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SAN FRANCISCO, CA - JULY 13: Containers of Johnson's baby powder made by Johnson and Johnson are displayed on a shelf on July 13, 2018 in San Francisco, California. A Missouri jury has ordered pharmaceutical company Johnson and Johnson to pay $4.69 billion in damages to 22 women who claim that they got ovarian cancer from Johnson's baby powder. (Photo by Justin Sullivan/Getty Images)

Johnson & Johnson is abandoning a product that it may be most identified with and has been selling for more than 100 years -- talc-based baby powder.

The company said on its website Tuesday that it had re-evaluated its products in light of the novel coronavirus in March and stopped shipping hundreds of items in the US and Canada. The purpose was to place a priority on its high-demand products and to make room for social distancing at its manufacturing and distribution facilities.

The company said it was permanently discontinuing about 100 products, including Johnson's Baby Powder. This will only impact sales in the US and Canada. It will continue to sell its products in other markets. The company says there has been a decline in demand for the powder.

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The company does have a cornstarch-based baby powder that will remain on the market.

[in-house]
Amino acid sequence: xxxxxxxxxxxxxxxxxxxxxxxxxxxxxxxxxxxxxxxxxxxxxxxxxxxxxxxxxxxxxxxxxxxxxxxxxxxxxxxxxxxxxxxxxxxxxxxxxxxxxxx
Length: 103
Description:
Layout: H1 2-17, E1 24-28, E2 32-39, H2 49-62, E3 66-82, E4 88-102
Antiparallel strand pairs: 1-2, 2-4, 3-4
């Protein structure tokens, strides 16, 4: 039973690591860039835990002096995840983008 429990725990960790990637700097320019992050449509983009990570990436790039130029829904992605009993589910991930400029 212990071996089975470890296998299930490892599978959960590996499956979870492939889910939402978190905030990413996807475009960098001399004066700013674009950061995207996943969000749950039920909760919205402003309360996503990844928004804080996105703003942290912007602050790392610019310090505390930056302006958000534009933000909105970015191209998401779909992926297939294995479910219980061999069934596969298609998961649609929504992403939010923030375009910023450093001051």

Johnson & Johnson said it remains confident in the safety of the product, but there have been tens of thousands of lawsuits filed by women who have developed ovarian cancer after regular talcum powder use.

The cases are in various stages in courtrooms around the country. A handful of talcum powder companies have put warning labels on their products, but Johnson & Johnson argued such a label would be confusing, because it stood by its product.

Some scientific studies have shown that women do have an increased risk of ovarian cancer with talc use in the genital area, but others do not.

Most studies suggest more research is needed.

A separate set of lawsuits tied the product to mesothelioma. Scientists in those trials testified that they found asbestos in samples of the product. The company argued that there product was asbestos free. Talc is often mined near asbestos, but since the 1970s, talc used in all consumer products has been required to be asbestos-free.

The company said stores can continue selling its existing inventory until it runs out.

CNN

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